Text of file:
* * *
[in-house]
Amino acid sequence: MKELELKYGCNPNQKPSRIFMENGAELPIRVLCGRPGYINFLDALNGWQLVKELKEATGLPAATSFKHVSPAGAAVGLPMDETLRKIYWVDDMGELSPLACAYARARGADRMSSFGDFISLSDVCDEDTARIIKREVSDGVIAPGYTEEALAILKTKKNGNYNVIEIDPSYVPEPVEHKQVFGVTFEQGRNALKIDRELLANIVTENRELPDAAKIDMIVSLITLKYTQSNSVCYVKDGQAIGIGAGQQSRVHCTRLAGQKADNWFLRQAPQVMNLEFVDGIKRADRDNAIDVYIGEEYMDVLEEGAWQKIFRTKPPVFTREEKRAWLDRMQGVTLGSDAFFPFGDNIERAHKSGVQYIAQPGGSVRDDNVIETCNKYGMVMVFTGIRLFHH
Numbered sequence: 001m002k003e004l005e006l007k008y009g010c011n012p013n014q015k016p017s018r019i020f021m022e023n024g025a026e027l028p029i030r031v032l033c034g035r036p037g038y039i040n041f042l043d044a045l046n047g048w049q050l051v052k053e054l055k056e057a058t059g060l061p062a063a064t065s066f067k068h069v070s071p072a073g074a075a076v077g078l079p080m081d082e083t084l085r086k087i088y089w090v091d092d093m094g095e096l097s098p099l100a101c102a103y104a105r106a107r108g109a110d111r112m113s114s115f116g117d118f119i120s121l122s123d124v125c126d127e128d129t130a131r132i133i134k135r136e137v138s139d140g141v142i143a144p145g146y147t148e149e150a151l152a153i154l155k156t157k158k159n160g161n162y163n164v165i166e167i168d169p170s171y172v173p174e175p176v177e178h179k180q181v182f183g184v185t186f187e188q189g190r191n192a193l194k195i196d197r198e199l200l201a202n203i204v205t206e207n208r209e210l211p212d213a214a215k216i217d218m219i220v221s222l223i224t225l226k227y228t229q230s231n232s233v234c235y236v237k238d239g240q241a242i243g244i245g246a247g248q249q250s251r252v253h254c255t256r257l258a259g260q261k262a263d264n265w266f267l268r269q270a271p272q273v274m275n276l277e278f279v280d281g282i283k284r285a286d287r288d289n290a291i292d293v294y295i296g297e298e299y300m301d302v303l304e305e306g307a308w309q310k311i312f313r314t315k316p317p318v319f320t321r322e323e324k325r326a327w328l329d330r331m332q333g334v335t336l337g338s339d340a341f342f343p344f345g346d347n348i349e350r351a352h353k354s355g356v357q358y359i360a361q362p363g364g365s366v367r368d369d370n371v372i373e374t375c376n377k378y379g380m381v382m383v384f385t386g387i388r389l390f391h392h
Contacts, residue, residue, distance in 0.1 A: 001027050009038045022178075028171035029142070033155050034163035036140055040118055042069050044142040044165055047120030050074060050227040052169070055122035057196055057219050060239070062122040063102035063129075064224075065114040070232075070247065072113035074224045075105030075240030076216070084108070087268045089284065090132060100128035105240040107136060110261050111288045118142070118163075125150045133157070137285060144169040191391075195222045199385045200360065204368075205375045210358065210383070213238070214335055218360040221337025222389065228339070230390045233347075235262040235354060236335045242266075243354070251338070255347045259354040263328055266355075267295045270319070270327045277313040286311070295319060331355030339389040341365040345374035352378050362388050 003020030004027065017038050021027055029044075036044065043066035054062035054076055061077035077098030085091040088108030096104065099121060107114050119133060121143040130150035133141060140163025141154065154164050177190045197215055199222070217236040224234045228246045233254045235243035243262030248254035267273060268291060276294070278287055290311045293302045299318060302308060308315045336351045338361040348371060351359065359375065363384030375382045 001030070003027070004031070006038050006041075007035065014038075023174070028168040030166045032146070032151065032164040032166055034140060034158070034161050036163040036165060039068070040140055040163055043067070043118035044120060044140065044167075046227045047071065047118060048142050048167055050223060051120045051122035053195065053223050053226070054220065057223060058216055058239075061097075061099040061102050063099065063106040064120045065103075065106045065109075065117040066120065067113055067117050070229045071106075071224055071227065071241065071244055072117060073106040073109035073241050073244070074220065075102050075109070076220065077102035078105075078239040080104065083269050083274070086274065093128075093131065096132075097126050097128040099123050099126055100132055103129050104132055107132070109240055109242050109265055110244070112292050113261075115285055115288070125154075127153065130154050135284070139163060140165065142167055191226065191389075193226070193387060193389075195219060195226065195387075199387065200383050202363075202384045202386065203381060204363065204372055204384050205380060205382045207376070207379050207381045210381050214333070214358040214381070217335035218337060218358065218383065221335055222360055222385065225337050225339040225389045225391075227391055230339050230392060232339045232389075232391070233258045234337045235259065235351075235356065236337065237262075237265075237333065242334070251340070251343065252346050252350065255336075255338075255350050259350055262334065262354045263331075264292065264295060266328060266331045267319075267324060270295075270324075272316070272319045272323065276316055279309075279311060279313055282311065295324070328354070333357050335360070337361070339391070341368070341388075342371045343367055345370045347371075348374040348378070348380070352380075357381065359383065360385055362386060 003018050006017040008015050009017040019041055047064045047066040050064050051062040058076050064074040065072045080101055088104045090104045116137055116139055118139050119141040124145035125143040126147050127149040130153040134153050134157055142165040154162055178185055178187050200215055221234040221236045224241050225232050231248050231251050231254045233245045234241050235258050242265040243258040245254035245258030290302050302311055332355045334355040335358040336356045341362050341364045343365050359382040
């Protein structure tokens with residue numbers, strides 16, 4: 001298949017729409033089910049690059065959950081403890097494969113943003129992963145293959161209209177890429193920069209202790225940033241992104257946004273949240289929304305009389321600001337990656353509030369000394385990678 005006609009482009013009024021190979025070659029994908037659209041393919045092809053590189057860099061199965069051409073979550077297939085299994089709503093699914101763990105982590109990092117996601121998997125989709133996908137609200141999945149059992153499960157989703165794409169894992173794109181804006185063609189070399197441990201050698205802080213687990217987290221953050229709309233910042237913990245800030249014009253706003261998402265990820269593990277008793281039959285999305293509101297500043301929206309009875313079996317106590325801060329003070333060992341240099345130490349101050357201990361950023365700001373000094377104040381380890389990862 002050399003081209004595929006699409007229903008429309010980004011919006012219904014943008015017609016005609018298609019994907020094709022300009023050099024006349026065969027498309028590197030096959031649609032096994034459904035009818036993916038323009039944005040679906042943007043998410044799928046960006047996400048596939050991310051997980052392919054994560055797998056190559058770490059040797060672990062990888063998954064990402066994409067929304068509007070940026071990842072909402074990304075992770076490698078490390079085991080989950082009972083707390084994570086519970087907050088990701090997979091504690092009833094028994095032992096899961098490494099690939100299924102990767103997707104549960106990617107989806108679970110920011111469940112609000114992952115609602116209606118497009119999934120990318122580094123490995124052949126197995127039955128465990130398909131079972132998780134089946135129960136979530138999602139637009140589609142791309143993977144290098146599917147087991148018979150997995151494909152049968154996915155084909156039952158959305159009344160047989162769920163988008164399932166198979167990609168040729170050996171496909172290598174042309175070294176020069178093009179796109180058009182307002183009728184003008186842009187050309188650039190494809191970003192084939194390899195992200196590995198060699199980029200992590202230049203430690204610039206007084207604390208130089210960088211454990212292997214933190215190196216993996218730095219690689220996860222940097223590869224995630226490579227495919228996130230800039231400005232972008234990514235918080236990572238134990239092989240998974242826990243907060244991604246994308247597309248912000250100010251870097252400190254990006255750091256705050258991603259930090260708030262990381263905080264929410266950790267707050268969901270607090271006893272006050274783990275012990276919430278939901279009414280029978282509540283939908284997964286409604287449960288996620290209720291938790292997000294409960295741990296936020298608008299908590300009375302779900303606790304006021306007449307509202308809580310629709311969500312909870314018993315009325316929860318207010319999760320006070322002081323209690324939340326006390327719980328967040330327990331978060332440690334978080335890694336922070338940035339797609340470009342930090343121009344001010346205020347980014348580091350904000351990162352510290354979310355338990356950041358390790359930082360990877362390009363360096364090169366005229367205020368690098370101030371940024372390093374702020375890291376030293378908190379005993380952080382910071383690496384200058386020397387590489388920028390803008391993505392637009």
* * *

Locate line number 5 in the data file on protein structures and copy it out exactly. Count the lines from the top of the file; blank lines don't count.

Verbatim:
């Protein structure tokens with residue numbers, strides 16, 4: 001298949017729409033089910049690059065959950081403890097494969113943003129992963145293959161209209177890429193920069209202790225940033241992104257946004273949240289929304305009389321600001337990656353509030369000394385990678 005006609009482009013009024021190979025070659029994908037659209041393919045092809053590189057860099061199965069051409073979550077297939085299994089709503093699914101763990105982590109990092117996601121998997125989709133996908137609200141999945149059992153499960157989703165794409169894992173794109181804006185063609189070399197441990201050698205802080213687990217987290221953050229709309233910042237913990245800030249014009253706003261998402265990820269593990277008793281039959285999305293509101297500043301929206309009875313079996317106590325801060329003070333060992341240099345130490349101050357201990361950023365700001373000094377104040381380890389990862 002050399003081209004595929006699409007229903008429309010980004011919006012219904014943008015017609016005609018298609019994907020094709022300009023050099024006349026065969027498309028590197030096959031649609032096994034459904035009818036993916038323009039944005040679906042943007043998410044799928046960006047996400048596939050991310051997980052392919054994560055797998056190559058770490059040797060672990062990888063998954064990402066994409067929304068509007070940026071990842072909402074990304075992770076490698078490390079085991080989950082009972083707390084994570086519970087907050088990701090997979091504690092009833094028994095032992096899961098490494099690939100299924102990767103997707104549960106990617107989806108679970110920011111469940112609000114992952115609602116209606118497009119999934120990318122580094123490995124052949126197995127039955128465990130398909131079972132998780134089946135129960136979530138999602139637009140589609142791309143993977144290098146599917147087991148018979150997995151494909152049968154996915155084909156039952158959305159009344160047989162769920163988008164399932166198979167990609168040729170050996171496909172290598174042309175070294176020069178093009179796109180058009182307002183009728184003008186842009187050309188650039190494809191970003192084939194390899195992200196590995198060699199980029200992590202230049203430690204610039206007084207604390208130089210960088211454990212292997214933190215190196216993996218730095219690689220996860222940097223590869224995630226490579227495919228996130230800039231400005232972008234990514235918080236990572238134990239092989240998974242826990243907060244991604246994308247597309248912000250100010251870097252400190254990006255750091256705050258991603259930090260708030262990381263905080264929410266950790267707050268969901270607090271006893272006050274783990275012990276919430278939901279009414280029978282509540283939908284997964286409604287449960288996620290209720291938790292997000294409960295741990296936020298608008299908590300009375302779900303606790304006021306007449307509202308809580310629709311969500312909870314018993315009325316929860318207010319999760320006070322002081323209690324939340326006390327719980328967040330327990331978060332440690334978080335890694336922070338940035339797609340470009342930090343121009344001010346205020347980014348580091350904000351990162352510290354979310355338990356950041358390790359930082360990877362390009363360096364090169366005229367205020368690098370101030371940024372390093374702020375890291376030293378908190379005993380952080382910071383690496384200058386020397387590489388920028390803008391993505392637009």